It's more than just an excellent news service.

It's about becoming part of the mining and gas community.

Subscribing to Shift Miner means you can get full access to all our news and special reports, advertise anything you want in the classifieds (print & digital) and browse the jobs board.

So no matter where your job takes you, you're just a click away from the best source of mining information on mobile, in print and online.

DIGITAL SUBSCRIPTION: $4.99 a week
Includes full access to all areas on smartphone*, ipad and online.
*Download the free iphone app from itunes

STILL NOT SURE?
Click here to sign up for our free news headlines service: The WINO (Wednesday’s Industrial News Online)

Email [username]:

Name:

Coupon Code:
Leave blank if you don't have one
Password:

Confirm Password:

Terms and Conditions and Privacy Policy
Melanie and Chevy Ohl Greg Byrne, Downing; Ian Reed, QNP Sgt Rob Smith and Constable Paul Muller csg Aboutusgeneric_1 Bhabie and Paul Dickens The Hamilton family Aboutusgeneric_2 (L-R) Charlie Swaffield and Friend, Jayden and Eathan Little and Rylee Flint dragline fifo (L-R) Sebastion Rayfield, Vincent Rayfield, Trishelle Avu and Tayla Thorpe Construction Sgt Rob Smith and Constable Paul Muller Jo-Anne Burke, DB Scaffolding; Susan McGuire, Mayogroup
Melanie and Chevy Ohl Greg Byrne, Downing; Ian Reed, QNP Sgt Rob Smith and Constable Paul Muller csg Aboutusgeneric_1 Bhabie and Paul Dickens The Hamilton family Aboutusgeneric_2 (L-R) Charlie Swaffield and Friend, Jayden and Eathan Little and Rylee Flint dragline fifo (L-R) Sebastion Rayfield, Vincent Rayfield, Trishelle Avu and Tayla Thorpe Construction

Isaac Plains mothballed
Wednesday 01 October 2014  

THE Queensland coal industry has been trapped in a severe downturn for 18 months, but the 1000 jobs axed this week have been an unexpectedly strong blow.

The latest victim of poor prices and an oversupplied world market is Vale and Sumitomo’s joint venture project, the Isaac Plains mine near Moranbah.

About 300 contractors will lose their jobs at the site, as it moves into ‘care and maintenance’ before operations wind down completely by January.

It follows BMA’s announcement that 700 jobs will go across its Central Queensland sites except for Hay Point coal terminal and Gregory Crinum mine.

“It’s a slow painful decline that every week seems to bring more bad news,” said CQUniversity resource economist Professor John Rolfe.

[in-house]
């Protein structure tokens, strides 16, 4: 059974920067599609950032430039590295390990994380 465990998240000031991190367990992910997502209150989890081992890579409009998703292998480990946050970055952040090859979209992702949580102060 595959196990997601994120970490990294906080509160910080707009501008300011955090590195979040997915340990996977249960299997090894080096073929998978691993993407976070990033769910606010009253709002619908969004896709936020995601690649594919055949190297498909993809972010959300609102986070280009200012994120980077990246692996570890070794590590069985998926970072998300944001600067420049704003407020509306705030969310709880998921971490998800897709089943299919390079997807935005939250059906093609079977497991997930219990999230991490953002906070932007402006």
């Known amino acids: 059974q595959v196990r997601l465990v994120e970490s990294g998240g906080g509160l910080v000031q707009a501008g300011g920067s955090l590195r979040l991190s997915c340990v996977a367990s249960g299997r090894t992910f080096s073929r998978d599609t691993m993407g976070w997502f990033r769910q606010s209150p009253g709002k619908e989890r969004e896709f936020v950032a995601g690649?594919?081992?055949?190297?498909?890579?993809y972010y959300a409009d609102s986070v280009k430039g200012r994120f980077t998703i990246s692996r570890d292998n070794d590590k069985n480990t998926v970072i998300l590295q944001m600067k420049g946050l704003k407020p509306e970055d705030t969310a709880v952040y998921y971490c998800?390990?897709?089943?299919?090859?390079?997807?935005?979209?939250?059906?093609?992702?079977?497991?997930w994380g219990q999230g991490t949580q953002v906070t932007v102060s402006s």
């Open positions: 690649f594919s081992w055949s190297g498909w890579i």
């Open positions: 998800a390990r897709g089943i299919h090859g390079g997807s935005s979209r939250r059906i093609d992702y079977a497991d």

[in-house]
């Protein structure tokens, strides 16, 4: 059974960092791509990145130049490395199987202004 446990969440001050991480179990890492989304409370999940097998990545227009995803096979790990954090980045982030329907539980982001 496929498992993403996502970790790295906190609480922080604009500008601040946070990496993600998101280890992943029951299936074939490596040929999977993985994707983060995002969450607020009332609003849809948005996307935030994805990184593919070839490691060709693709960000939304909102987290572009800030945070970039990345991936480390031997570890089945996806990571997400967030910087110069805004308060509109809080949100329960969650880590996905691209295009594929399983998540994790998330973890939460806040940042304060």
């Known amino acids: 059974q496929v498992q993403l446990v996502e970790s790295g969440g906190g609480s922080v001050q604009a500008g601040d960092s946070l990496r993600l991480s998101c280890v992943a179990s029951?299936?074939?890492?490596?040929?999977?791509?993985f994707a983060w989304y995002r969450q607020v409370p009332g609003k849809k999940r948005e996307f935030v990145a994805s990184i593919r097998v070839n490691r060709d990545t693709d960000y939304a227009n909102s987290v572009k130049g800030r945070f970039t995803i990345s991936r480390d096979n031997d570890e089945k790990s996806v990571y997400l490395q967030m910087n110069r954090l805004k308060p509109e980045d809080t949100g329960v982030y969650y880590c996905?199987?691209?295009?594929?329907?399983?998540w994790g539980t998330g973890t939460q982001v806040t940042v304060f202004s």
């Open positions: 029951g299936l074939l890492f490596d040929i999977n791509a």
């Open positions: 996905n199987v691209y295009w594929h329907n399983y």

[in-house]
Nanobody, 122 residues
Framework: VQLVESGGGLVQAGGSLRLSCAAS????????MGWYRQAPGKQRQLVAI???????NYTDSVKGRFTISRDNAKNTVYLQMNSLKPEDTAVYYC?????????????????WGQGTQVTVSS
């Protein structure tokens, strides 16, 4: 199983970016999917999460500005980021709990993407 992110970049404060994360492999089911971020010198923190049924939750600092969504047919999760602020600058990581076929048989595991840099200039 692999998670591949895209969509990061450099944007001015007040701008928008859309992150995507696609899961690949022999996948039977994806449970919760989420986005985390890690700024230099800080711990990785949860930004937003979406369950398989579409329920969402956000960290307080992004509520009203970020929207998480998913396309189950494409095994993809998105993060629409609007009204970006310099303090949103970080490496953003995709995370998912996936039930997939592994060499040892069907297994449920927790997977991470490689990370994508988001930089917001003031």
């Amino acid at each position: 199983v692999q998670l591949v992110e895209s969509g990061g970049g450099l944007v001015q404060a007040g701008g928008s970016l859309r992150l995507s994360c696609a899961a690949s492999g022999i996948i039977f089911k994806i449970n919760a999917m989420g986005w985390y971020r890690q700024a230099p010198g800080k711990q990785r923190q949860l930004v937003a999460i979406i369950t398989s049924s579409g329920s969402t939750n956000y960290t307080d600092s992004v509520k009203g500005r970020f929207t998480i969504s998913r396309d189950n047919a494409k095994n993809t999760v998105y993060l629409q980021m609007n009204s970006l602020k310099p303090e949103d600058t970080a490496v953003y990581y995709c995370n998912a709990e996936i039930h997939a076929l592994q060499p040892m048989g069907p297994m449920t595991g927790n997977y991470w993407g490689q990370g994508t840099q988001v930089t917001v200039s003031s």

“The industry was thinking it was at the bottom.

“It’s been assumed that steaming coal producers and smaller players are under the most pressure but what’s remarkable is that with BMA’s announcement it seems the big guys in the coking coal scene are not immune either.”

Despite the blanket negativity surrounding the sector, Professor Rolfe said while more job losses and cost cutting might occur in the future, he doubted mines would close for good.

“I think the industry will look to mothball operations rather than close them down permanently because there are still some predictions that this is a cyclical downturn and demand for coking and steaming coal will increase again,” he said.

“It’s just that it’s a long time between drinks for the industry, especially when they walked into the downturn with such high cost structures.”

Professor Rolfe said he believed there would be an upswing again for the sector, despite a number of structural changes in the world arena including China’s move from a building to consumer phase.

“I definitely sit in the cyclical camp,” he said.

“We will never see a boom like we saw in the last 10 years every again, but demand for coal will grow and the market with increase, but it could be a couple of years before prices recover.”

Professor Rolfe said considering the gravity of the downturn he’s been surprised at how resilient the local Central Queensland economy has been.

“Everyone tells you it’s tough, but there are a lot of supply chain businesses who are still open and managing to hang in there,” he said.


Similar Topics